Mailloux is the right man
My name is Joanne Crowley. I worked for the Waldo County Probate Court for 37 years. I began my employment in 1971 as a clerk to the register of probate. In 1983, I was appointed register of probate. From 1986 until my retirement in June of 2008, I ran successful campaigns and was elected register of probate. I worked with a number of judges, including Randolph Mailloux and Susan Longley. After thoughtful consideration of this election year's candidates, I proudly endorse Randolph Mailloux for judge of jrobate.
When Randolph Mailloux came to the Probate Court in 1997 after his appointment by Gov. Angus King, he came with a successful practice and expertise in family law, probate law, and how court systems operate. He quickly demonstrated his understanding of probate law and rules of procedure. His ability to recall names, cases, laws, rules, procedures and details was impressive, which was evident in court hearings, enabling him to make decisions from the bench with little delay. He was even-tempered, informed, confident and an excellent listener.
Judge Mailloux was professional, efficient and ready to assist. His practices supported a functional and productive work environment. He was well prepared for scheduled court hearings and proceedings, and for emergencies any time of day, any day of the week, including holidays and weekends. He also made himself available to assist probate court proceedings in other counties when needed. He devoted time and energy working with the staff to serve the people in our community and beyond.
Judge Mailloux was a clear and effective communicator with the registry. He communicated with staff using various modes of communication, including telephone and electronic correspondence, but he valued communicating in person. He made himself available to carry out Probate Court business with the registry in person. The result of his personal involvement allowed staff to successfully carry out their responsibilities. An electronic communications system initiated by the current judge, Susan Longley, was inefficient. Personal contact rarely occurred, isolating the judge and the registry staff from one another. This isolation slowed court business and created an inefficient work environment.
Judge Mailloux was successful in many facets in his position as judge. He helped implement a computerized docket management system to be used by individual probate courts. He recognized the value in the continued practice of using official probate forms, thereby keeping the court uniform with the rest of the state. Although Judge Longley appears to take credit for establishing a restitution (payback) system, it was Judge Mailloux who developed and implemented a procedure for collecting restitution in 2001.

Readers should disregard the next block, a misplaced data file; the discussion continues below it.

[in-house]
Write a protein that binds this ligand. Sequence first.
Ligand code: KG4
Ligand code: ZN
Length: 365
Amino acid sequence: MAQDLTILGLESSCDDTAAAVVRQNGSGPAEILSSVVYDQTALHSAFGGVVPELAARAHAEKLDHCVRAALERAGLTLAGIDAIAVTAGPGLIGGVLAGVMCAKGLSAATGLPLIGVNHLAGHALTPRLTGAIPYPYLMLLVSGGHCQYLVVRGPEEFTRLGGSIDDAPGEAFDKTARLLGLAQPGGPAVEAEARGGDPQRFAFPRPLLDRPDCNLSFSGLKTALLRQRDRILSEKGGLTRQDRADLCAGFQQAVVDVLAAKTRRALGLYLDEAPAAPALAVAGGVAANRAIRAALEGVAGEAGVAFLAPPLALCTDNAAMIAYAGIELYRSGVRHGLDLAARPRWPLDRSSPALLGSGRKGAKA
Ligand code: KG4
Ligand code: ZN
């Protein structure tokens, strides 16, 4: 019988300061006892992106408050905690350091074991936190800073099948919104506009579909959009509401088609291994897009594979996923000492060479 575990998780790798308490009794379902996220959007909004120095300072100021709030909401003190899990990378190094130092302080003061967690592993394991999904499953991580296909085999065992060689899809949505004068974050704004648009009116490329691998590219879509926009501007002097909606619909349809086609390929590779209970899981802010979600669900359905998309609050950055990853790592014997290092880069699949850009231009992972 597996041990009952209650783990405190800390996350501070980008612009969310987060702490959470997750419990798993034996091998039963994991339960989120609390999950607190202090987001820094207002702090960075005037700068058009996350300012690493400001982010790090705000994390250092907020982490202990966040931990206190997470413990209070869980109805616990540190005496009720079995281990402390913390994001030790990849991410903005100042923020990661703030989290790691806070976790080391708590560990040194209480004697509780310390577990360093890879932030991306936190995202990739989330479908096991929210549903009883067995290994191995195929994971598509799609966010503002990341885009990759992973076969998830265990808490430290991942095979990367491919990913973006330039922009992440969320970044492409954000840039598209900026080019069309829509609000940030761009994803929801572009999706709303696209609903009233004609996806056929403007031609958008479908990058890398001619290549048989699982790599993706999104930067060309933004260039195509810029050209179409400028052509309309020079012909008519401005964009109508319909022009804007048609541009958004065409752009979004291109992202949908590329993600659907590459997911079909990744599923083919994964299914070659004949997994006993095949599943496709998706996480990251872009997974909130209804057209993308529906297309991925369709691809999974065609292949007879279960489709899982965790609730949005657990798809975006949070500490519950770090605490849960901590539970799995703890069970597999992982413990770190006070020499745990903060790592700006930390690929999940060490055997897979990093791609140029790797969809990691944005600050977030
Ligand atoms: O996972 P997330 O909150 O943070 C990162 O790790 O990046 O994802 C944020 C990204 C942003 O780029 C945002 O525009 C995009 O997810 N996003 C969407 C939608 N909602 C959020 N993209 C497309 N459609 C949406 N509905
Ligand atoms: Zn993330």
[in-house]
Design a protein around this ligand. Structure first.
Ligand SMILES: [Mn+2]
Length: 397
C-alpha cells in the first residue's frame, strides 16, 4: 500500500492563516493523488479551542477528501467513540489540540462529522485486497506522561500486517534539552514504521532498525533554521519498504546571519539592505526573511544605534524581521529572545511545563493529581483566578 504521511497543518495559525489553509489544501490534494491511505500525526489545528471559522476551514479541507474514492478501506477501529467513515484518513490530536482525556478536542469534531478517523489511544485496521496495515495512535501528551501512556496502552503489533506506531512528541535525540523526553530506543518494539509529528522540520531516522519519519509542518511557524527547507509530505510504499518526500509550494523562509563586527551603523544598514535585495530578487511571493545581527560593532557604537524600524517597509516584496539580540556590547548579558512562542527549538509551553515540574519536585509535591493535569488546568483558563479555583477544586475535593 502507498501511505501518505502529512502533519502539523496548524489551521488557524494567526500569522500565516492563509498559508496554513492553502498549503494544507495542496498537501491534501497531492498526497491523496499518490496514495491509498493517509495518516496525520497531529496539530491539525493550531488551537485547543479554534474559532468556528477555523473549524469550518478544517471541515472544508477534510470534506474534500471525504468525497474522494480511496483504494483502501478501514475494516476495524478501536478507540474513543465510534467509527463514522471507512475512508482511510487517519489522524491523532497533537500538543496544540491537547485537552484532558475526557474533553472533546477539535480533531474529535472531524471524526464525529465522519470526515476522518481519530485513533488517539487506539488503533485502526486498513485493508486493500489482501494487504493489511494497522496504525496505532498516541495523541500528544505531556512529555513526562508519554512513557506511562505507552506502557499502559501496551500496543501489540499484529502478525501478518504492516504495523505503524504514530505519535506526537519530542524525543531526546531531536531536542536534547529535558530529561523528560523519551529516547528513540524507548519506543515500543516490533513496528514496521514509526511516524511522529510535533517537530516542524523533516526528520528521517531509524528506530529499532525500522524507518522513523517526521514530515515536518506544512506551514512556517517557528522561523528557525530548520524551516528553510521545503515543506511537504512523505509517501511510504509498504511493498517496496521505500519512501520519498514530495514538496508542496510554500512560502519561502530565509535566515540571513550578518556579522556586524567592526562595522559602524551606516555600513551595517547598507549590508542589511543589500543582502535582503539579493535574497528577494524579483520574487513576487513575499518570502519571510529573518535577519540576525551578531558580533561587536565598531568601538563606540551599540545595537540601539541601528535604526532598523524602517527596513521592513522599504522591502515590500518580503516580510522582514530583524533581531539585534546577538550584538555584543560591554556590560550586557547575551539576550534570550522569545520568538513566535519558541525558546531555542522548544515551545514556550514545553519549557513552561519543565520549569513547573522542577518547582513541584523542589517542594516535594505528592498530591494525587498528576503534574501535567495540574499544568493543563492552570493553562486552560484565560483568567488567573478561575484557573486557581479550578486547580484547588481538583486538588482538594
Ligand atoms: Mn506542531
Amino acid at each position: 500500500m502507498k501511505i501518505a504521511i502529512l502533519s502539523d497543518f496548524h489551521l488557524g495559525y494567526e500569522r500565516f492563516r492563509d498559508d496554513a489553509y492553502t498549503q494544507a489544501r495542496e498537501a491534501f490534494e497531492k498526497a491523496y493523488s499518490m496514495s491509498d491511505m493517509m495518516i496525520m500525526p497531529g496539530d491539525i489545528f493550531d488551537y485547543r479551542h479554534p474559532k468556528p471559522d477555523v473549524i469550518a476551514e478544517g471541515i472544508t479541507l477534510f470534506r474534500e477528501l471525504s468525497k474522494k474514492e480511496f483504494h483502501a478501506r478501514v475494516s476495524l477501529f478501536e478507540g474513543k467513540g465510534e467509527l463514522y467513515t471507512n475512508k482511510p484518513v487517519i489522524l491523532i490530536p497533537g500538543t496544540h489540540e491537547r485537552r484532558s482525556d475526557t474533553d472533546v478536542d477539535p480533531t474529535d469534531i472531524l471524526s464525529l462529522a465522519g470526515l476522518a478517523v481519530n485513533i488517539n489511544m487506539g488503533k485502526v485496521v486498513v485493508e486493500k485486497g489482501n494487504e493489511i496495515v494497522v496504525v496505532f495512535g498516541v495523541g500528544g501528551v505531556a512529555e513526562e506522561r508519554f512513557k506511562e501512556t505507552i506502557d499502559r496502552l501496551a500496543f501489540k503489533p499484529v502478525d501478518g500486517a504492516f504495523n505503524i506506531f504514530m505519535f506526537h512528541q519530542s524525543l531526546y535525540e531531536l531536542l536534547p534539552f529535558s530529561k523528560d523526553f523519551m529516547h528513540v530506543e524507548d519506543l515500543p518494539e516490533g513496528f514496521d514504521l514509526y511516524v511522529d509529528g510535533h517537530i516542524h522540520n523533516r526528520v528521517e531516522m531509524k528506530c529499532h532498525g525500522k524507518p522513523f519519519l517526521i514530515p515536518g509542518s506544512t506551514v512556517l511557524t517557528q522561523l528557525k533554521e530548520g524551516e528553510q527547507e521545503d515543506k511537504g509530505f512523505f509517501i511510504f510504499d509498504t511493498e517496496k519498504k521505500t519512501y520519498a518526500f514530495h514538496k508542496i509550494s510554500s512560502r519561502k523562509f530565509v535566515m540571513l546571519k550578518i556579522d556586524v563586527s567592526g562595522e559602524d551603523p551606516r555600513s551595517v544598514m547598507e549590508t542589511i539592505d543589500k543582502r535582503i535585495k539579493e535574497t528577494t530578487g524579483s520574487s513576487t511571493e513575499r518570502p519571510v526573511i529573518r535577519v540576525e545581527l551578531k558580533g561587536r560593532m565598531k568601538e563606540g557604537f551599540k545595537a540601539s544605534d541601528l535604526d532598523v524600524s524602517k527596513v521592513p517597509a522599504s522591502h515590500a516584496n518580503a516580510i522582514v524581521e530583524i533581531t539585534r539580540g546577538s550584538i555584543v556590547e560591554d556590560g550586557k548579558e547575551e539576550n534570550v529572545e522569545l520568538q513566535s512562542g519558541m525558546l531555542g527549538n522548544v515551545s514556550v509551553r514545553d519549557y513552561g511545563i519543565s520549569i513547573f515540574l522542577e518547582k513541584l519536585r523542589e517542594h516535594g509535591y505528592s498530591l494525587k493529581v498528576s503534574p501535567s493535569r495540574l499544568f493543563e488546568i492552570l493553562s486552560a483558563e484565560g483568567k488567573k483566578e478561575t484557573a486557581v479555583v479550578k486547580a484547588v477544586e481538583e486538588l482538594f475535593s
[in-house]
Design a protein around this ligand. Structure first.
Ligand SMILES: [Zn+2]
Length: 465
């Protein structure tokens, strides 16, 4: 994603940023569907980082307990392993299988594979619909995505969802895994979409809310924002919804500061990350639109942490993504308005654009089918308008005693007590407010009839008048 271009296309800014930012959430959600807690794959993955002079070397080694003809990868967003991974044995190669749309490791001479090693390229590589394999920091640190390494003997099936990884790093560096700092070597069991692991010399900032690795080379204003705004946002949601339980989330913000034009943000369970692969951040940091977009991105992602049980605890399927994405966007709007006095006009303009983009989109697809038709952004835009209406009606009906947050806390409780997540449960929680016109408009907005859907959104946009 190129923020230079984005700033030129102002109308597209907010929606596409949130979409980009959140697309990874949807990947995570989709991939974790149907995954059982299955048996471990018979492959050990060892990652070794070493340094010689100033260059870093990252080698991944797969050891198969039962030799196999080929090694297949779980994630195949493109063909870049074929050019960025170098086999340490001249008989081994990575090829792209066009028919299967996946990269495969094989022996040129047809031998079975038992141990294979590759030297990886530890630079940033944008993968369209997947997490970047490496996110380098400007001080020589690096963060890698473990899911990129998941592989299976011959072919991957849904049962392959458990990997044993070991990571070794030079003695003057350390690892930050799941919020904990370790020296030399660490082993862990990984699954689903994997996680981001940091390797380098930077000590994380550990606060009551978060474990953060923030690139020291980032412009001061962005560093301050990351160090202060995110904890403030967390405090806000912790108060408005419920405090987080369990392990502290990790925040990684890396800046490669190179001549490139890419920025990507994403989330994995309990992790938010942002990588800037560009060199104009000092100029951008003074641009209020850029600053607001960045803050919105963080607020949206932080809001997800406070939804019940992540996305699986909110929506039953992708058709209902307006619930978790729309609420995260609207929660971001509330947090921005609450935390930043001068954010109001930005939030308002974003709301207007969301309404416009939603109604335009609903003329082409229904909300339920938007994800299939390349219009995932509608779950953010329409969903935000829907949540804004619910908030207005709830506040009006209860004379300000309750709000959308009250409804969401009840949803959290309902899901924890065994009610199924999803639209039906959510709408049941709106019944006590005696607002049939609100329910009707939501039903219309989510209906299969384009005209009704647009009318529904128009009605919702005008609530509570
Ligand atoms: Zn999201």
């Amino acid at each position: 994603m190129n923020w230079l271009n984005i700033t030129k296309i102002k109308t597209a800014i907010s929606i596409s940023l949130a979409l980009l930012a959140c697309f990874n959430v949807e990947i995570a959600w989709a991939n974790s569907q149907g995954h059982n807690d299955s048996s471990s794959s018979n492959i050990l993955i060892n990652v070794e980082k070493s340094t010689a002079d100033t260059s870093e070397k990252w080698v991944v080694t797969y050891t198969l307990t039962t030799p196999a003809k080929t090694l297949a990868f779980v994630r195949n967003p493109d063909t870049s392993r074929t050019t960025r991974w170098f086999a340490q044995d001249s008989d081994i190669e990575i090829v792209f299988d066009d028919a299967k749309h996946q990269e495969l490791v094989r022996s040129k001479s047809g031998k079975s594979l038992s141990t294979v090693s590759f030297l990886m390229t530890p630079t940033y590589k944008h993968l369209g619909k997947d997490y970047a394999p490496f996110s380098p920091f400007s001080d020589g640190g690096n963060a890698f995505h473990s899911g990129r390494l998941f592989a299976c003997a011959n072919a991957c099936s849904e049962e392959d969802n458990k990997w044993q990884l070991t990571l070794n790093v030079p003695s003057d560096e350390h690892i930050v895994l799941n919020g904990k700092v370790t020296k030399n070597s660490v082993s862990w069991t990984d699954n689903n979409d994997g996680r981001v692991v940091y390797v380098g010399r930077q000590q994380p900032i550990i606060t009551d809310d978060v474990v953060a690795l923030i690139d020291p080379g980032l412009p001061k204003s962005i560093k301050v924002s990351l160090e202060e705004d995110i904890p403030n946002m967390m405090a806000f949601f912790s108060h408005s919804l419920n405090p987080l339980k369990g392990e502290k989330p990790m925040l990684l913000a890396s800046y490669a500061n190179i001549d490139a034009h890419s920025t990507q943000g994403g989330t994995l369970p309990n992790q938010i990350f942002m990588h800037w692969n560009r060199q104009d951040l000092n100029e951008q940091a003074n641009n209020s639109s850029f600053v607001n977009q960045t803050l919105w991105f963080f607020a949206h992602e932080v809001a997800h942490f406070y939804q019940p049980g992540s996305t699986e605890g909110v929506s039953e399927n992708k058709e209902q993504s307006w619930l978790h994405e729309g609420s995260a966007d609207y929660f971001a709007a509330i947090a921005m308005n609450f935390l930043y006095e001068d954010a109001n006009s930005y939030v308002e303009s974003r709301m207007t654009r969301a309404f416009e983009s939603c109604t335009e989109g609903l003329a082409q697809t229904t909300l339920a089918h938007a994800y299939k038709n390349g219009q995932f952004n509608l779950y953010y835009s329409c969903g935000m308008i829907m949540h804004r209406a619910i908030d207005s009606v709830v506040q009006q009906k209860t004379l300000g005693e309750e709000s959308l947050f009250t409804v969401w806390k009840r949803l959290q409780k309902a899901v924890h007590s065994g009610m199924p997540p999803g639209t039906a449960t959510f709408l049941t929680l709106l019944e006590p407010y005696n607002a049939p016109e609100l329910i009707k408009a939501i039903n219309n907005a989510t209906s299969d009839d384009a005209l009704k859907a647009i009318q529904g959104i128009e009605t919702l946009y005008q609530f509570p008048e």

I am a Democrat. Politics have no place in my decision. Having worked alongside both candidates, I know Randolph Mailloux is the best candidate to serve the citizens of Waldo County as judge of probate. I will vote based on his qualifications, ability and judicial experience; he can be counted on to do an outstanding job. I will be voting to return Randolph Mailloux to Waldo County Probate Court.
Joanne M. Crowley
Voting for Longley
Well, it's that time of year, and elections are right around the corner. In this time of miscommunication and misdirection, a letter to the editor seems warranted. The position of judge of probate is up for renewal and Judge Susan Longley is running for re-election to the position.
Having followed Susan Longley through her many years of service to the state of Maine, I have found her to be conscientious, fair and a voice for everyone, regardless of their political affiliation, and overall a very caring person.
A small example was in 1998 during the Ice Storm, when Susan Longley was Waldo County's state senator. After being without power for two weeks, with no reasonable answers coming form Central Maine Power, I called and left a message on Sen. Longley's phone, not expecting a return call. Sen. Longley did return my call and answered my many questions, also giving me information should I need other avenues of help. Susan Longley did not know me or my political bent, and yet she responded to a citizen of the county [to whom she was] responsible.
Susan Longley is running for another term as judge of probate. Her integrity, sincerity and dedication make her a perfect person for this position. Judge Susan Longley has my vote.